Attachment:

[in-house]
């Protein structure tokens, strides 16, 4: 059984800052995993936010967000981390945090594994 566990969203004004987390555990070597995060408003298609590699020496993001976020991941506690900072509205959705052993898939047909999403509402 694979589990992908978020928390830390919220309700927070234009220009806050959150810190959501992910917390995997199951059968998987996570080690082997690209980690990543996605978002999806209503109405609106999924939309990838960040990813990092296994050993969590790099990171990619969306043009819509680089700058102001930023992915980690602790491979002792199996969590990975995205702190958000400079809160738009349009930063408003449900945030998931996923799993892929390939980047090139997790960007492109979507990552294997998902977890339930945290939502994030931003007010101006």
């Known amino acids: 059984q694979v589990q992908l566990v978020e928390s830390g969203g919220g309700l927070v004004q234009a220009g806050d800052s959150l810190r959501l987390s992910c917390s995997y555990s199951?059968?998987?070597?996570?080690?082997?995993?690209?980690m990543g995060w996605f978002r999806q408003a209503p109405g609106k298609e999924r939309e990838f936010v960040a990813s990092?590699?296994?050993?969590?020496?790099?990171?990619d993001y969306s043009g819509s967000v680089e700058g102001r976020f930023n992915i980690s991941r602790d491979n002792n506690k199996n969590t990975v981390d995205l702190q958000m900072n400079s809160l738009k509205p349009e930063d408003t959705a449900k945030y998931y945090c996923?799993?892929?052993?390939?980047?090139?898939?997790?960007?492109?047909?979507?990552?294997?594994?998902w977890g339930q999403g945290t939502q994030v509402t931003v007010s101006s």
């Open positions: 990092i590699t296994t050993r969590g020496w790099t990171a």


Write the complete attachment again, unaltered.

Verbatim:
[in-house]
């Protein structure tokens, strides 16, 4: 059984800052995993936010967000981390945090594994 566990969203004004987390555990070597995060408003298609590699020496993001976020991941506690900072509205959705052993898939047909999403509402 694979589990992908978020928390830390919220309700927070234009220009806050959150810190959501992910917390995997199951059968998987996570080690082997690209980690990543996605978002999806209503109405609106999924939309990838960040990813990092296994050993969590790099990171990619969306043009819509680089700058102001930023992915980690602790491979002792199996969590990975995205702190958000400079809160738009349009930063408003449900945030998931996923799993892929390939980047090139997790960007492109979507990552294997998902977890339930945290939502994030931003007010101006």
């Known amino acids: 059984q694979v589990q992908l566990v978020e928390s830390g969203g919220g309700l927070v004004q234009a220009g806050d800052s959150l810190r959501l987390s992910c917390s995997y555990s199951?059968?998987?070597?996570?080690?082997?995993?690209?980690m990543g995060w996605f978002r999806q408003a209503p109405g609106k298609e999924r939309e990838f936010v960040a990813s990092?590699?296994?050993?969590?020496?790099?990171?990619d993001y969306s043009g819509s967000v680089e700058g102001r976020f930023n992915i980690s991941r602790d491979n002792n506690k199996n969590t990975v981390d995205l702190q958000m900072n400079s809160l738009k509205p349009e930063d408003t959705a449900k945030y998931y945090c996923?799993?892929?052993?390939?980047?090139?898939?997790?960007?492109?047909?979507?990552?294997?594994?998902w977890g339930q999403g945290t939502q994030v509402t931003v007010s101006s």
């Open positions: 990092i590699t296994t050993r969590g020496w790099t990171a």